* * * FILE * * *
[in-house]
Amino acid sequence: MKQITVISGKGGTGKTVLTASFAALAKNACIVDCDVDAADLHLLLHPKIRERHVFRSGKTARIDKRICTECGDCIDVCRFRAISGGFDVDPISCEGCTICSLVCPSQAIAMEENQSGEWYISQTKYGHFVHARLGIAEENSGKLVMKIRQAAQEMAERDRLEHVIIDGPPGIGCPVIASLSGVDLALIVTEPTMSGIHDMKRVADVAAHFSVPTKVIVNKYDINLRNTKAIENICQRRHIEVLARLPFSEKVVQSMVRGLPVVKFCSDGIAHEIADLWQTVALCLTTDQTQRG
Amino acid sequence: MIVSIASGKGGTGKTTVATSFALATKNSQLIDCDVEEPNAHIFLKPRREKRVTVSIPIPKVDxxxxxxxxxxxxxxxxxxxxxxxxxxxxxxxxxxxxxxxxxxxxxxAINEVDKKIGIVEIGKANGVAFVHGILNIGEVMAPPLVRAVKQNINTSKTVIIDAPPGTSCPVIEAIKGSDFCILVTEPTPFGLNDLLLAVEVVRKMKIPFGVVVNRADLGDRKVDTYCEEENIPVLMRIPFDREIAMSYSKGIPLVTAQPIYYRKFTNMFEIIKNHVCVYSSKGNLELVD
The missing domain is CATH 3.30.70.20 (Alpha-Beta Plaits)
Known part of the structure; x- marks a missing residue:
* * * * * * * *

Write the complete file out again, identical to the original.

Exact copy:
[in-house]
Amino acid sequence: MKQITVISGKGGTGKTVLTASFAALAKNACIVDCDVDAADLHLLLHPKIRERHVFRSGKTARIDKRICTECGDCIDVCRFRAISGGFDVDPISCEGCTICSLVCPSQAIAMEENQSGEWYISQTKYGHFVHARLGIAEENSGKLVMKIRQAAQEMAERDRLEHVIIDGPPGIGCPVIASLSGVDLALIVTEPTMSGIHDMKRVADVAAHFSVPTKVIVNKYDINLRNTKAIENICQRRHIEVLARLPFSEKVVQSMVRGLPVVKFCSDGIAHEIADLWQTVALCLTTDQTQRG
Amino acid sequence: MIVSIASGKGGTGKTTVATSFALATKNSQLIDCDVEEPNAHIFLKPRREKRVTVSIPIPKVDxxxxxxxxxxxxxxxxxxxxxxxxxxxxxxxxxxxxxxxxxxxxxxAINEVDKKIGIVEIGKANGVAFVHGILNIGEVMAPPLVRAVKQNINTSKTVIIDAPPGTSCPVIEAIKGSDFCILVTEPTPFGLNDLLLAVEVVRKMKIPFGVVVNRADLGDRKVDTYCEEENIPVLMRIPFDREIAMSYSKGIPLVTAQPIYYRKFTNMFEIIKNHVCVYSSKGNLELVD
The missing domain is CATH 3.30.70.20 (Alpha-Beta Plaits)
Known part of the structure; x- marks a missing residue: